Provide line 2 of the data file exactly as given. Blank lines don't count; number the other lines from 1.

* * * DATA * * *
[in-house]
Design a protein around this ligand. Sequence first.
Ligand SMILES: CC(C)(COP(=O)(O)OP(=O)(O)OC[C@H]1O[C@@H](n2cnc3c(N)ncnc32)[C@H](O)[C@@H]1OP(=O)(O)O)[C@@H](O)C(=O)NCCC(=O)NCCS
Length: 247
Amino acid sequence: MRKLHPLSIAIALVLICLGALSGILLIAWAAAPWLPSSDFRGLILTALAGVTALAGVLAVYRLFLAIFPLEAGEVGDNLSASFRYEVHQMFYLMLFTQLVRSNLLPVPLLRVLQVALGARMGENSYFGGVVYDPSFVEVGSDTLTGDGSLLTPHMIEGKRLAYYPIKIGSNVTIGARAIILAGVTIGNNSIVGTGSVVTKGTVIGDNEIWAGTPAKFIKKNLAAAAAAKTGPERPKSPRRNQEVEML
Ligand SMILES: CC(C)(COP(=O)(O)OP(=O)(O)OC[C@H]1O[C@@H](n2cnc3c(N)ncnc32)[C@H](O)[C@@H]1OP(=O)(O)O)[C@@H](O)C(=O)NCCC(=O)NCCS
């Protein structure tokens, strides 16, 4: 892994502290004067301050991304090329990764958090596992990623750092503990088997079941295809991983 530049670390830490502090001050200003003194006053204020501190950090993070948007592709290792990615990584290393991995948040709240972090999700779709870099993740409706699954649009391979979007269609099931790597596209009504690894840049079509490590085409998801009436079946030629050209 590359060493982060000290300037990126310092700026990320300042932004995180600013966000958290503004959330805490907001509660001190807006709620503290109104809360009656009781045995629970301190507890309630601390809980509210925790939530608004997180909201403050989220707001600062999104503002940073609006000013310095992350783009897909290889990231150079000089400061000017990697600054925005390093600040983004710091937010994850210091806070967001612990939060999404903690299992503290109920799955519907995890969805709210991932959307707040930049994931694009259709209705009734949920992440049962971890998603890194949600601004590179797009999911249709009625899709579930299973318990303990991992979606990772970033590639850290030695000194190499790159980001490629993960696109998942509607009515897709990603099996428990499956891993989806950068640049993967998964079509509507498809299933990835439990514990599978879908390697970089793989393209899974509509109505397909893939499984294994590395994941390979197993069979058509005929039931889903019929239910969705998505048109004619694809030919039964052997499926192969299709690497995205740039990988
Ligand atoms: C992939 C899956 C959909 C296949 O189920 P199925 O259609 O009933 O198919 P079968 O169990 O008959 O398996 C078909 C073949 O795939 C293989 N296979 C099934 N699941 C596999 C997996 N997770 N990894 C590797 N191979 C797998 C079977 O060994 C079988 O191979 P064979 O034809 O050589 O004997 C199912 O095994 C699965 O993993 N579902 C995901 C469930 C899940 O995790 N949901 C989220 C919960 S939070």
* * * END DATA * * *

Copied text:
Design a protein around this ligand. Sequence first.